VMware vSphere 6 is finally ready!

Unlike in previous releases, VMware took a good long time getting vSphere 6 ready. For the first time ever, VMware made the Beta version of vSphere 6 publicly available (all you had to do was sign-up) and was actively soliciting input on the Beta forums.

The initial public release of vSphere 6 (3/12/2015) was, nonetheless, plagued with at least one critical issue and several annoyances. The most critical issue affecting vSphere 6 was that Changed Block Tracking (CBT) appeared to be essentially broken, rendering most forms of backup using the vSphere API for Data Protection useless[1]. This and other less significant issues rendered the initial release of vSphere 6 unsuitable for use in production environments, and I recommended that all users hold off on upgrading until these issues had been resolved.

VMware released the second major update to vSphere 6 on 7/7/2015 and I immediately began testing the release for use in production environments. After more than a month of testing, I am very pleased to report that vSphere 6.0.0b, in my opinion, is ready for use in production. While I discovered no major failures, there remain a number of minor exceptions to the functionality of the product. Nevertheless, I am recommending clients roadmap upgrading to vSphere 6.0.0b at this point.

Please note that the most recent release, vSphere 6.0 U1, is known to have wide-ranging compatibility considerations[2] and I do not recommended upgrading to this version as of this writing!

Noted Exceptions to functionality in VMware vSphere 6.0.0b

The most significant issues noted for vSphere 6 have been corrected, leaving just a few annoyances for administrators to accommodate in vSphere 6.0.0b:

UPN formatted names

One of the changes administrators will have to accommodate is using the UPN format of your username ( user@domain.tld ) in place of the traditional DOMAIN\user. That means that the accustomed convenience of using the checkbox “Use Windows session credentials” will most likely not work[3] for either the Windows-client or the dreaded[4] Web-client.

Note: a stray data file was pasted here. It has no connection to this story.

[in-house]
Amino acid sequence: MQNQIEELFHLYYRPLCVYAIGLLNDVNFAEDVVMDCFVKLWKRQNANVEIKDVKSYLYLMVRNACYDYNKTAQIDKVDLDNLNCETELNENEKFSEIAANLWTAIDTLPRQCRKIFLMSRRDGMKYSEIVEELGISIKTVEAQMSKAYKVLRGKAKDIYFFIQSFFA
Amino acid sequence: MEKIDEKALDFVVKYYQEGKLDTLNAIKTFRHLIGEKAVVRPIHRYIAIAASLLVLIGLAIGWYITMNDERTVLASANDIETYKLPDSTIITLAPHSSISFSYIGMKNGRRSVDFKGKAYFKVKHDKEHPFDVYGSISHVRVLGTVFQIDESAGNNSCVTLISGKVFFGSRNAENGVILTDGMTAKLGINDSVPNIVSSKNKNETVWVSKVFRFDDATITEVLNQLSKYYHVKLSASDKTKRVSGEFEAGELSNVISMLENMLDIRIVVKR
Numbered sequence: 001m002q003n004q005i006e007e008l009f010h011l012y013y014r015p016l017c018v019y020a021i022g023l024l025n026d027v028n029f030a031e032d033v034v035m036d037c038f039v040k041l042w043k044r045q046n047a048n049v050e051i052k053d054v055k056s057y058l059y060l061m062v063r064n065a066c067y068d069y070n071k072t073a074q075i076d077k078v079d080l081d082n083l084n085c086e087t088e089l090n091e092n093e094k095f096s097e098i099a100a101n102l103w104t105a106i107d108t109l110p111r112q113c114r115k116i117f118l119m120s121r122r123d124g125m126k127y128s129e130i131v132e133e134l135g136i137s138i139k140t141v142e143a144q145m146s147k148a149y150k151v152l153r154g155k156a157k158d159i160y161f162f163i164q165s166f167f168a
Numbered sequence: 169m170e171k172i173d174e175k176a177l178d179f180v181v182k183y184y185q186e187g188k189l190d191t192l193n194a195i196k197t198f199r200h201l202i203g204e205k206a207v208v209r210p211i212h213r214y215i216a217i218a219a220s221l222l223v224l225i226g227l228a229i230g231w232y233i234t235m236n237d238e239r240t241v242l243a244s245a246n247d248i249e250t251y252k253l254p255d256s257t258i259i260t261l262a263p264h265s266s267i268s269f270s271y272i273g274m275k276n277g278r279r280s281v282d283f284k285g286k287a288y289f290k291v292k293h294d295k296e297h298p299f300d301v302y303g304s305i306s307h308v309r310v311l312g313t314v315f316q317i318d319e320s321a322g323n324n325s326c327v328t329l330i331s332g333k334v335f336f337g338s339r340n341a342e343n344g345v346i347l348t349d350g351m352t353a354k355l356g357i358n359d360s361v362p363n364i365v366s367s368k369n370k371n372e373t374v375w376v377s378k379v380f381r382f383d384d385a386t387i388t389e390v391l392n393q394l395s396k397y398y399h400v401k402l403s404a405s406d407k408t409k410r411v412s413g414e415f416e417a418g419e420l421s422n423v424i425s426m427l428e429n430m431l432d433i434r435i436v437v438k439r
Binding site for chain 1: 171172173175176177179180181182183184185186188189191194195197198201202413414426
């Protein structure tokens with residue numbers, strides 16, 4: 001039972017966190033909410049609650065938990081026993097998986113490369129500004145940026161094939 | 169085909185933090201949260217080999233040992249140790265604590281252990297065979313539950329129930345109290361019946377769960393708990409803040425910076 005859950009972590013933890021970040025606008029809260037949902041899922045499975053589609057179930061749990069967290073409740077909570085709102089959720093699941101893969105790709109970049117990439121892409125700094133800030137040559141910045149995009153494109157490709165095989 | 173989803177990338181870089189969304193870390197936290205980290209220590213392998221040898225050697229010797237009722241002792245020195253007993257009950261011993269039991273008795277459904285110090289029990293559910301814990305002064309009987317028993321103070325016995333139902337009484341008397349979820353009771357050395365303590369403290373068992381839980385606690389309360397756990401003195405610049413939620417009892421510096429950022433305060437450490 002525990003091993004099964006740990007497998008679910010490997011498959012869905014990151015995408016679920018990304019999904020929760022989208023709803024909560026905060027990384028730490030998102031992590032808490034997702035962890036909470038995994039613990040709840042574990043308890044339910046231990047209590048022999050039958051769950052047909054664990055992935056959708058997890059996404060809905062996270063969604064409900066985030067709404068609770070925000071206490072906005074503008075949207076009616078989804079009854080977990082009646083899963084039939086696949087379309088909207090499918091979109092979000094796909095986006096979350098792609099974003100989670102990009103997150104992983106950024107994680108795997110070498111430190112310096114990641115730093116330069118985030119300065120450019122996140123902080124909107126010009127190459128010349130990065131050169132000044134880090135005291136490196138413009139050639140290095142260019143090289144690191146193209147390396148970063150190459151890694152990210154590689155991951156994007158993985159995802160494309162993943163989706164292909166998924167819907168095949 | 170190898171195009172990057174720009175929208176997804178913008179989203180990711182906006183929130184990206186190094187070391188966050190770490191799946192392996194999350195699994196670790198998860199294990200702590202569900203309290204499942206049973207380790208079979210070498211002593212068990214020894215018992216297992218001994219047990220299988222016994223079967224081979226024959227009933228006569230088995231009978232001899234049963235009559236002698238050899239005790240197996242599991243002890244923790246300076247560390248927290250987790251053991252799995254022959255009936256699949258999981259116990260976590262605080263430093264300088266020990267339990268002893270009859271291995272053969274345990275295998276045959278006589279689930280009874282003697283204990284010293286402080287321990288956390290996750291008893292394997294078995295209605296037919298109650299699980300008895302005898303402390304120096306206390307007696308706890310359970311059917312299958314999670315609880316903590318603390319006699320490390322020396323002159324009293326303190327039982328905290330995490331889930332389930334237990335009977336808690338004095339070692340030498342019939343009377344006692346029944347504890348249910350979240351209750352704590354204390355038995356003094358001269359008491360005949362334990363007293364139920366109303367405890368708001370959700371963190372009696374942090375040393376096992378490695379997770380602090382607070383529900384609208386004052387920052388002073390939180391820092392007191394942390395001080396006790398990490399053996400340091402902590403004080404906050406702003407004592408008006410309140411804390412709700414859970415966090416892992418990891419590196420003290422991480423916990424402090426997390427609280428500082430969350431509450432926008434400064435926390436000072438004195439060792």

Missing Health Status tab in the Windows Client

Another aspect where vSphere 6.0.0b is notably remiss is in omitting the Hardware Status tab for the ESXi host[5]. VMware describes the missing Hardware Status as “expected behavior” in vSphere 6.X, however I have noted this as an exception due to the fact that this feature functioned in vSphere 5.5 and prior versions.

Fortunately, it is not that the health status information has simply disappeared, one simply has to connect directly to the host or use the Web-client to view Hardware Status.

Deprecated VMFS Volume(s) found on the host

A false warning is created when re-scanning datastores indicating that “Deprecated VMFS Volume(s)” have been found on the host. This is a known issue (VMware KB: 2109735) and can be safely ignored. The main impact to users is that the warning icon may cause other warnings to go unnoticed!

The vSphere Clients

The VMware vSphere Windows-client (C# Client) to which you have become accustomed will continue to be supported in vSphere 6 for connecting to the environment and managing Virtual Machines at Hardware Version 8 or below.

I continue to recommend building new and holding existing Virtual Machines at Hardware Version 8 to facilitate maximum compatibility with both the vSphere Windows-client and vSphere Web-client. Furthermore, I strongly recommend clients use ONLY the vSphere Windows-client wherever possible, due to security and stability issues associated with Adobe Flash.